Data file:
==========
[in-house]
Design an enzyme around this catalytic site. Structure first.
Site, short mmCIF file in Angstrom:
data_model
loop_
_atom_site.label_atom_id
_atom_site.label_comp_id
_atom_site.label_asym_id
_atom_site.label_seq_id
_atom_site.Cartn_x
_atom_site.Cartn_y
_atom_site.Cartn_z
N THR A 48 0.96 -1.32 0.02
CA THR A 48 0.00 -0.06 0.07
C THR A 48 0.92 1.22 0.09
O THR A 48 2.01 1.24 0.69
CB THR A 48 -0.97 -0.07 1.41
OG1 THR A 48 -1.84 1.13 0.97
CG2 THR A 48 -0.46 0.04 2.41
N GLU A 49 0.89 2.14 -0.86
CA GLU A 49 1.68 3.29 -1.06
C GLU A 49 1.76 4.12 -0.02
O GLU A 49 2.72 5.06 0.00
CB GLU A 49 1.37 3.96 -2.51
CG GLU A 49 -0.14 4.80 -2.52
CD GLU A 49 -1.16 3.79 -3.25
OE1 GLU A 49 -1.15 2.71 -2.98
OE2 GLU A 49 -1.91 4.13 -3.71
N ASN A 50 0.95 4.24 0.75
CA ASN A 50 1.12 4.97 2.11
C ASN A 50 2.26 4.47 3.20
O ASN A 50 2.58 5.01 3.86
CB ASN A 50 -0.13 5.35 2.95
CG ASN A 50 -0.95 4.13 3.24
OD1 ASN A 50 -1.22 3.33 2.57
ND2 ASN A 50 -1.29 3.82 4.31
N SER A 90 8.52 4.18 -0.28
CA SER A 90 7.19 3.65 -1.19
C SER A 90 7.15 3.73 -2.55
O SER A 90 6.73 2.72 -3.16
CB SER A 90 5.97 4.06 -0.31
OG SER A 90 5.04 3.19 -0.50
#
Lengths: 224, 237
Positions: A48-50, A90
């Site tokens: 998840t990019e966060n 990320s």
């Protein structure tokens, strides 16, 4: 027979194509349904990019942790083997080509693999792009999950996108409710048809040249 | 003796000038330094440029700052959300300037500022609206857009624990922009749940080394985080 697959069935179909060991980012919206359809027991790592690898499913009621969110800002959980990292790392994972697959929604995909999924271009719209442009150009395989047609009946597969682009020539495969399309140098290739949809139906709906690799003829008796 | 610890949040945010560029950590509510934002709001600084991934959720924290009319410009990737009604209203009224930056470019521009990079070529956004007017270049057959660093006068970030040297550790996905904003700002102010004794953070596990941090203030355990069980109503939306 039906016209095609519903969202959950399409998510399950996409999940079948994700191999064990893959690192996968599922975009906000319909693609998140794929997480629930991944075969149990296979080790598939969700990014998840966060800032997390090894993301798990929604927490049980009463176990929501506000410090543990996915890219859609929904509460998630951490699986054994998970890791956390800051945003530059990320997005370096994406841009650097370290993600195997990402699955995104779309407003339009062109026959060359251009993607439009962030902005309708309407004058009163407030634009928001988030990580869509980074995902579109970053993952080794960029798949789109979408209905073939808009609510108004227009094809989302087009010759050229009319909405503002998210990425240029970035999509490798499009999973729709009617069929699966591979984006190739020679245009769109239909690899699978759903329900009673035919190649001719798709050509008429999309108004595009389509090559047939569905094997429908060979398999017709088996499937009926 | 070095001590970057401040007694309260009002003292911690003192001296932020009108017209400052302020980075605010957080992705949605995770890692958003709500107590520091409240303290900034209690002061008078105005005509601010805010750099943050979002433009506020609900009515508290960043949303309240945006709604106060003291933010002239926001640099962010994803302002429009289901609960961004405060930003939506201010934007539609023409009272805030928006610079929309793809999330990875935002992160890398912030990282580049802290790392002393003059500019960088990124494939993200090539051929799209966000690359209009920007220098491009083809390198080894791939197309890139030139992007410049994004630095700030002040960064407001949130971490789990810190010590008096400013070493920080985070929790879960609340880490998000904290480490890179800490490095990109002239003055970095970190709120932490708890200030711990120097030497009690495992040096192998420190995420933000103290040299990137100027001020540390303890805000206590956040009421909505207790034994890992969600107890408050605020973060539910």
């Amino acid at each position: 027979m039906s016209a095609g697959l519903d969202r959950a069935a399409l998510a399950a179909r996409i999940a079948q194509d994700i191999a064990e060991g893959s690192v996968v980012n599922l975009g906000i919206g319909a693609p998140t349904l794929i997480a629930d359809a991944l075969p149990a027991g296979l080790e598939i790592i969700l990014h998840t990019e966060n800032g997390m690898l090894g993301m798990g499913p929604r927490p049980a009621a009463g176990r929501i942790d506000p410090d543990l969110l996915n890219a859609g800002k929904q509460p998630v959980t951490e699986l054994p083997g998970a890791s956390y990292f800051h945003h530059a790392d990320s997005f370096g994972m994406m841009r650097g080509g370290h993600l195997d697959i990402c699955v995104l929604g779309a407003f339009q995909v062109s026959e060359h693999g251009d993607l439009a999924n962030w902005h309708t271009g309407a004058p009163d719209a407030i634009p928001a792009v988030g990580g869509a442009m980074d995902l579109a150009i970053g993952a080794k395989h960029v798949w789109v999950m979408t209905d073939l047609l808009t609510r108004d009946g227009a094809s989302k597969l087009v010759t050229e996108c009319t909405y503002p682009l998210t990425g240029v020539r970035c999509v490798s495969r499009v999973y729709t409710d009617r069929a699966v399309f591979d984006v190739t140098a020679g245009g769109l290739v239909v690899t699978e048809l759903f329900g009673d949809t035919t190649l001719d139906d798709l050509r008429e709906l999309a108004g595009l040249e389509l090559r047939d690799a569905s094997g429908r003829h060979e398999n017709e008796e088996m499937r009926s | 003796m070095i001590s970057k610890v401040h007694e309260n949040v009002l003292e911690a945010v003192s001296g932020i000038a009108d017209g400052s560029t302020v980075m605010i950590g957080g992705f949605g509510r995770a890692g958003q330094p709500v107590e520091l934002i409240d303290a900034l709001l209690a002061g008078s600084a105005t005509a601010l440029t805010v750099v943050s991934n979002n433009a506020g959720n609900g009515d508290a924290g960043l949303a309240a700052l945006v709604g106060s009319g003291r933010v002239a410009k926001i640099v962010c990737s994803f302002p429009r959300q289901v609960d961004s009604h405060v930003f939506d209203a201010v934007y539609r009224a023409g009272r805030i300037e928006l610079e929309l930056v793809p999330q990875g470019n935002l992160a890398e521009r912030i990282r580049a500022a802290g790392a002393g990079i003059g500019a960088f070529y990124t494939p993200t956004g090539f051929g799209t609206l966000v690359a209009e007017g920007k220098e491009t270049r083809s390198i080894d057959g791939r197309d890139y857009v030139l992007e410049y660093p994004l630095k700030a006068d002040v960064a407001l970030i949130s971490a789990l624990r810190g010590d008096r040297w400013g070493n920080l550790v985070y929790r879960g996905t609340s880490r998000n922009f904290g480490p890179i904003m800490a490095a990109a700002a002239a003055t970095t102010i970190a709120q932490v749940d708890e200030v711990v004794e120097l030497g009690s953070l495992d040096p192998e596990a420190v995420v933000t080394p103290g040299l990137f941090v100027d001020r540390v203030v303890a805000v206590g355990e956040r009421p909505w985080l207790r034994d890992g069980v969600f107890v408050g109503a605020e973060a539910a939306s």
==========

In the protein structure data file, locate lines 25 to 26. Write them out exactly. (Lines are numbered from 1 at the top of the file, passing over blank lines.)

CG GLU A 49 -0.14 4.80 -2.52
CD GLU A 49 -1.16 3.79 -3.25